Two specific germ-cell stages are considered important in evaluating the effects of radiation on the heredity of germ cells:

Spermatogonia continue to multiply throughout the reproductive life span of an individual.  However, oocytes are not replaced during adult life.

The genetic effects that could be caused by radiation are too numerous to be considered here individually. For radiation risk assessment, genetic disorders can be grouped as:  Dominant and X-Linked Single-Gene Disorders

Most cells from humans contain two sets of chromosomes with matched pairs of genes, one gene from each parent.  The matched gene partners can differ, with one gene being dominant over its recessive partner gene.

Achondroplastic dwarfism is an example of a dominant gene disorder that could be caused by ionizing radiation.

A recessive gene can only show its effect if both partner genes show the effect. If a bad gene is present on the X-chromosome, it will invariably produce an effect in males.  This is because males only have one X-chromosome.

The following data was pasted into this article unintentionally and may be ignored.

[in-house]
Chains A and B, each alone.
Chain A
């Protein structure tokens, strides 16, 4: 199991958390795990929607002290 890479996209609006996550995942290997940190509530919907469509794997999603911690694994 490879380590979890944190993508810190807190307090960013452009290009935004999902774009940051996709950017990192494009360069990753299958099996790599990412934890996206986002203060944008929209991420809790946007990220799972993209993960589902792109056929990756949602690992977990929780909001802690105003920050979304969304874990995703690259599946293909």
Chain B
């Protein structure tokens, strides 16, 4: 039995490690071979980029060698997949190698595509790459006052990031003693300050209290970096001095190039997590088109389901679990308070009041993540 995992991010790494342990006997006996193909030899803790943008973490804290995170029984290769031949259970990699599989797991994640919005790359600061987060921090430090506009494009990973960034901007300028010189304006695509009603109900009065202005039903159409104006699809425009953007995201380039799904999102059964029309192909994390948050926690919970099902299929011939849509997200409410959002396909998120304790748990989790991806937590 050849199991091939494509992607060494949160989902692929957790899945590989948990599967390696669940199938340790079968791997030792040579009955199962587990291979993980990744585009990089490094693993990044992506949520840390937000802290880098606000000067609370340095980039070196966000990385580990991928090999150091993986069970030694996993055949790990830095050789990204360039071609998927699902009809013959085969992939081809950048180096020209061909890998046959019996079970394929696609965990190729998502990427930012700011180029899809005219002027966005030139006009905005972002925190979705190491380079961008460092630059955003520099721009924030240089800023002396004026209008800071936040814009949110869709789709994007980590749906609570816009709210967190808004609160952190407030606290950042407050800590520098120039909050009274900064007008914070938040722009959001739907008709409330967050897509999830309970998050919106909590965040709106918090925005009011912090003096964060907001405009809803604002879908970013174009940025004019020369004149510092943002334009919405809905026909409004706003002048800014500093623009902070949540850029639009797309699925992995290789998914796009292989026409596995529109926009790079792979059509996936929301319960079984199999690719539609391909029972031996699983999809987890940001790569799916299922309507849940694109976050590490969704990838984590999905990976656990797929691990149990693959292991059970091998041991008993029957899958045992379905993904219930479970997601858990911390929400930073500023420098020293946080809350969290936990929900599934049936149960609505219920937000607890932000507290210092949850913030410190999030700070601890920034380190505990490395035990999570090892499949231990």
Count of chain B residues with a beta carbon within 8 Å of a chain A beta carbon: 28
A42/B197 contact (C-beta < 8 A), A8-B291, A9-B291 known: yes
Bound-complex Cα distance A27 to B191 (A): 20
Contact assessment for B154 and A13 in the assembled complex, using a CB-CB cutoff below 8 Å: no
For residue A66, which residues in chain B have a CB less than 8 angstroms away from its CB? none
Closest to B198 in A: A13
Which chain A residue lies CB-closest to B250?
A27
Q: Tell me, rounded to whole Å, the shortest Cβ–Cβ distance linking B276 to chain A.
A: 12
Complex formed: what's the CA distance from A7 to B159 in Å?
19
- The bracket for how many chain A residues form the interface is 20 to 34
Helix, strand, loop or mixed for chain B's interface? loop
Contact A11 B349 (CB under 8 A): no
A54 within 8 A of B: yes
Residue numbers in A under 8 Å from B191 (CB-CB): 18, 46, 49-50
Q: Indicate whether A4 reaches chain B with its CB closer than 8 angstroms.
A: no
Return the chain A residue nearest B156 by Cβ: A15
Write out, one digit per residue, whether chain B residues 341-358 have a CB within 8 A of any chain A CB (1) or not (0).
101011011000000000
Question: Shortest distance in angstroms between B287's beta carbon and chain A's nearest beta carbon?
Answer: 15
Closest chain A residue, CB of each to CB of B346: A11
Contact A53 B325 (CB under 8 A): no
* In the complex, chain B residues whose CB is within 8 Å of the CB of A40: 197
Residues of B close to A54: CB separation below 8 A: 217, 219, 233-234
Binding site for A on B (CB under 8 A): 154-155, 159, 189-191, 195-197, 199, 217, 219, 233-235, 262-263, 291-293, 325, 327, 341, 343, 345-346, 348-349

Females have two X-chromosomes. If a female has one bad gene on an X-chromosome, but the other X-chromosome has a good gene partner, then the bad gene can behave as recessive (i.e., not having an influence).

Single-gene disorders associated with the X-chromosome are called X-linked effects.

Muscular dystrophy is an example of an X-linked effect that could be caused by ionizing radiation. 

There is no direct evidence that the above-indicated diseases have been induced by radiation in humans.  However, based on results of animal studies, the diseases are considered possible consequences of radiation exposure.  Chromosome Disorders

Chromosome damage in germ cells of parents can influence heredity. Most somatic cells of humans contain 23 pairs of chromosomes, with one member of each pair donated by the father and the other by the mother.

Radiation exposure of the parents could lead to an abnormal number of chromosomes (aneuploidy) in their offspring, which could severely affect the unborn or newborn child.

In most cases, aneuploidy will result in spontaneous loss of pregnancy.  In the remaining cases, a severely affected child would be expected.

Down’s syndrome is an example of a consequence of aneuploidy. People with aneuploidy have a significant reduction in their life expectancy, have abnormal body features, and have no children.  Multifactorial Disorders